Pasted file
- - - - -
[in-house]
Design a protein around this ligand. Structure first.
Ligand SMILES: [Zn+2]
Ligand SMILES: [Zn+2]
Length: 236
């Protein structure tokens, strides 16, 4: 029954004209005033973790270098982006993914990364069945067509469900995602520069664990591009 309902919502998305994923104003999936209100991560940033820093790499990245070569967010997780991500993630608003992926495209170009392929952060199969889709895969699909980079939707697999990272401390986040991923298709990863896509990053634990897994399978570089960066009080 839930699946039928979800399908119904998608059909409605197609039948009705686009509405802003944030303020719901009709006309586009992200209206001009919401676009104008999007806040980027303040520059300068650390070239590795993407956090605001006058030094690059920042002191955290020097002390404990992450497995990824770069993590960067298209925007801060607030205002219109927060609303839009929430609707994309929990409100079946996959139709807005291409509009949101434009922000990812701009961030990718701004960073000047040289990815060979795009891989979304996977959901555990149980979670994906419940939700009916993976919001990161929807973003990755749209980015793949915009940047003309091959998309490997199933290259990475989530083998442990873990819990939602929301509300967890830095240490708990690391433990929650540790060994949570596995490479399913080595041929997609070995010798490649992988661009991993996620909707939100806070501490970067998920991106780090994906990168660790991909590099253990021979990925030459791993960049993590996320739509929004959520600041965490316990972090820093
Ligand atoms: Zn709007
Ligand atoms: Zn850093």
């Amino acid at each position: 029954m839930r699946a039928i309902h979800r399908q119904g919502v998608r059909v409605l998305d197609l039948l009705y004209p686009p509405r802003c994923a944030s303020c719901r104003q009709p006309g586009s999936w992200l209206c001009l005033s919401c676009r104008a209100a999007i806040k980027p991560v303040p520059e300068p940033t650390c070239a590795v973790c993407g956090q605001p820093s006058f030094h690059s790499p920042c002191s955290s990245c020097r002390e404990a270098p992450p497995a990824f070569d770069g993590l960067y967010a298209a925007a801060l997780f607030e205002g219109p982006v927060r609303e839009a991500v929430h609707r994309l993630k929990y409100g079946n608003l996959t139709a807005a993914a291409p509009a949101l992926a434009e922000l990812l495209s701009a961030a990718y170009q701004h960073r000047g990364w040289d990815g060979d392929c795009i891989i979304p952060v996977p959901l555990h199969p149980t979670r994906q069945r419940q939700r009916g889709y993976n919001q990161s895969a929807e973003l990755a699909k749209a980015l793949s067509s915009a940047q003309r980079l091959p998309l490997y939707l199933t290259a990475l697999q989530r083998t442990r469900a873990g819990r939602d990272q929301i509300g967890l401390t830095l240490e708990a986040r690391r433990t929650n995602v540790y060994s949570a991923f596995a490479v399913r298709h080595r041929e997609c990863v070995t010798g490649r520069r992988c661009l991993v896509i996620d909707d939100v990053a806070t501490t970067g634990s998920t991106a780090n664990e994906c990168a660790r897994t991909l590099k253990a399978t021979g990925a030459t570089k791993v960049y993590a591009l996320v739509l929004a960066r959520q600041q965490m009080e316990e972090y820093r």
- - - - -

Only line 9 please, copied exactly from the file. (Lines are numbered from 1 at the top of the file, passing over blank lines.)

């Amino acid at each position: 029954m839930r699946a039928i309902h979800r399908q119904g919502v998608r059909v409605l998305d197609l039948l009705y004209p686009p509405r802003c994923a944030s303020c719901r104003q009709p006309g586009s999936w992200l209206c001009l005033s919401c676009r104008a209100a999007i806040k980027p991560v303040p520059e300068p940033t650390c070239a590795v973790c993407g956090q605001p820093s006058f030094h690059s790499p920042c002191s955290s990245c020097r002390e404990a270098p992450p497995a990824f070569d770069g993590l960067y967010a298209a925007a801060l997780f607030e205002g219109p982006v927060r609303e839009a991500v929430h609707r994309l993630k929990y409100g079946n608003l996959t139709a807005a993914a291409p509009a949101l992926a434009e922000l990812l495209s701009a961030a990718y170009q701004h960073r000047g990364w040289d990815g060979d392929c795009i891989i979304p952060v996977p959901l555990h199969p149980t979670r994906q069945r419940q939700r009916g889709y993976n919001q990161s895969a929807e973003l990755a699909k749209a980015l793949s067509s915009a940047q003309r980079l091959p998309l490997y939707l199933t290259a990475l697999q989530r083998t442990r469900a873990g819990r939602d990272q929301i509300g967890l401390t830095l240490e708990a986040r690391r433990t929650n995602v540790y060994s949570a991923f596995a490479v399913r298709h080595r041929e997609c990863v070995t010798g490649r520069r992988c661009l991993v896509i996620d909707d939100v990053a806070t501490t970067g634990s998920t991106a780090n664990e994906c990168a660790r897994t991909l590099k253990a399978t021979g990925a030459t570089k791993v960049y993590a591009l996320v739509l929004a960066r959520q600041q965490m009080e316990e972090y820093r």